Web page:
The White Sands Missile Range surrounds the monument, which means it must close for several hours when there’s testing. Check the website or call the visitor center the day before your visit [(575)-479-6124, Ext. 236]. U.S. Highway 70 is often closed during testing; for information called the range at (575) 678-1178. In March, the monument was closed six times during missile testing.
In the afternoon we headed to the town of Mesilla just outside Las Cruces, in search of a store that sold New Mexico-made food. The shop had closed, but I was far from disappointed.
Andrew and I had seen plenty of strip malls, dollar stores and fast-food restaurants on this road trip, but Mesilla was different. It appeared to be from another century, and its central plaza looked straight out of Mexico: It was ringed with shops and restaurants and had a small bandstand in its center and a large church at the north end.
As we strolled around the plaza I had one one last encounter with Billy, whom I spied lounging on the wall of a dusty pink building. The Billy the Kid Gift Shop inhabits the courthouse where in April 1181 the outlaw was tried and sentenced to hang for killing the sheriff. He was the only person convicted of a capital crime related to the Lincoln County War.
The Mesilla Book Center, also on the plaza in a building that dates to the 1850s, is stocked with volumes on Western and New Mexico history, but the shaggy buffalo head and numerous handsome Native American rugs on the walls caught my attention.
We sampled the wares at Legacy Pecans & Co., an endeavor of the Salopek family that owns and operates 6,000 acres of orchards across New Mexico. And we wished we’d been able to catch a foreign or indie film at the 100-seat Fountain Theatre, which has been hosting plays, vaudeville and lantern slide shows since 1905.
Dinner that night was at La Posta de Mesilla. The restaurant, which opened in 1939 with four tables, now is a 10,000-square-foot collection of small and large dining rooms in an adobe compound that dates to the 1840s. Not to be missed: the large aviary filled with tropical birds and a fish tank stocked with a red piranha in the waiting area.
It’s a bit touristy, but the kids’ soccer teams and families celebrating birthdays didn’t seem to mind. And we didn’t either — it was a festive end to our road trip — but maybe La Posta’s chile ’ritas, made with blackberry-habanero syrup, helped.
If you go
WHERE TO STAY
Trinity Hotel, 201 S. Canal St., Carlsbad, N.M.; (575) 234-9891. Historic hotel and restaurant on Carlsbad’s main street. Doubles from $189.
Hotel Encanto de las Cruces, 705 Telshor Blvd., Las Cruces, N.M.; (866) 383-0443. Doubles from $119.
WHERE TO EAT
Breakfast was by far our favorite meal of the day on this road trip. Here are four places we enjoyed.
Waffle & Pancake Shoppe, 950 S. White Sands Blvd., Alamogordo, N.M. Open daily 6 a.m.-1 p.m. Lively diner popular with locals and those stationed at nearby Holloman Air Force Base. Belgian waffle, $6.25.
Cowboy Café, 1120 E. 2nd St., Roswell, N.M.; (575) 622-6363. Open daily 6 a.m.-2 p.m. Small, friendly cafe across the street from Roswell Livestock & Farm Supply. Alien omelet, $10.49; Hot Rocks & Texas butter (biscuits and gravy), $5.99.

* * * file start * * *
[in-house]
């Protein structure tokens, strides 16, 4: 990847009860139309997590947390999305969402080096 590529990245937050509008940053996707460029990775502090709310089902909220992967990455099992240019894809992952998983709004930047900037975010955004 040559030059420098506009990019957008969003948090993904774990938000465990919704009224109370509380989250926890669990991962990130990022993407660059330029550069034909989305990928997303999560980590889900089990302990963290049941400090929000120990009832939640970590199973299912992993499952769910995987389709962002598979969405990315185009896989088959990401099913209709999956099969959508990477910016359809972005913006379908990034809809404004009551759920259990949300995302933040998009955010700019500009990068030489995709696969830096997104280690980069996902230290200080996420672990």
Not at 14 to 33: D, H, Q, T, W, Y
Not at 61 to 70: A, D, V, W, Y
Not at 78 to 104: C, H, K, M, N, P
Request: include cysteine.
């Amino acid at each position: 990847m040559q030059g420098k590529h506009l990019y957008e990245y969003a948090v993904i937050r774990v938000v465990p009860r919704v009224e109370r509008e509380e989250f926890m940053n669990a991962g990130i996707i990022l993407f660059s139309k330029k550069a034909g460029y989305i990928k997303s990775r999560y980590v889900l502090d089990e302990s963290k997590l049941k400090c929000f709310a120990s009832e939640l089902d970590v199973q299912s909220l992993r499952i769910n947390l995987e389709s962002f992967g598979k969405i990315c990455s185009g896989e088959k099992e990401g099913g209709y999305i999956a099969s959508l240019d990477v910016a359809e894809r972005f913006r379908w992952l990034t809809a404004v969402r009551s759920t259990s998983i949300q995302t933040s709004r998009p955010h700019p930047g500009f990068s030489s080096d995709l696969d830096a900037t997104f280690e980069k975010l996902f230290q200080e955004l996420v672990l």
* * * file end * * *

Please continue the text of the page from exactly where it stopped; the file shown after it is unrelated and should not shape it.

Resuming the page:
Blue House Bakery & Cafe, 609 N. Canyon St., Carlsbad, N.M.; (575) 628-0555, lat.ms/bluehousebakery. Open 6 a.m.-noon Mondays-Saturdays. Cute cottage with seating in front garden and wide porch. Breakfast burrito, $3.50; egg bowl, $3.50.
OMPC/The Shed, 810 S. Valley Drive, Las Cruces, N.M.; (575) 525-2636. Open 7:30 a.m.- 2 p.m. Wednesdays-Sundays. Where Las Cruces firefighters meet to eat. Breakfast enchiladas stuffed with pork or turkey sausage, $9.25; giant gingerbread pancake, $4.25 for one.
Dolan House, 826 Calle la Placita, Lincoln, N.M.; (575) 653-4670. Open 9:30 a.m.-3:30 p.m. Fridays-Tuesdays. Homemade chili, soups, ham or chicken salad sandwiches from $8.95
La Posta de Mesilla, 2410 Calle de San Albino, Mesilla, N.M.; (575) 524-3524. Sprawling restaurant in a building that dates to the 1840s. Check out the tropical birds and piranha in the waiting area. Shrimp ceviche, $10.50; combination plate No. 1 with rolled enchilada and taco, tamale, red chile con carne, $10.95
WHAT TO DO
New Mexico Museum of Space History, 3198 State Road 2001, Alamogordo, N.M.; (575) 437-2840. Open 10 a.m.-5 p.m. Mondays, Wednesdays-Saturdays; noon-5 p.m. Sundays. Adults, $8; kids 4-12, $6.
Lincoln Historic Site, State Highway 380, Lincoln, N.M.; (575) 653-4372. Open daily 8:30 a.m.- 4:30 p.m. $5 for adults, kids free.
International UFO Museum and Research Center, 114 N. Main St., Roswell, N.M.; (575) 625-9495. Open daily 9 a.m.-5 p.m. $5 for adults, $2 for kids.
Ft. Sumner Historic Site/BosqueRedondo Memorial, 3647 Billy the Kid Drive, Fort Sumner, N.M.; (575) 355-2573. Open 8:30 a.m.-4:30 p.m. Wednesdays-Sundays. Free.
Carlsbad Caverns National Park, 77 Carlsbad Caverns Highway, Carlsbad, N.M.; (575) 785-2232. Summer hours: Visitor center open 8 a.m.-7 p.m. through Sept. 3. Adults 16 and older, $12; 15 and younger, free. Last entrance ticket sold at 4:45 p.m.
White Sands National Monument, Highway 70, Alamogordo, N.M.; (575) 479-6124. Adults 16 and older, $5; 15 and younger, free.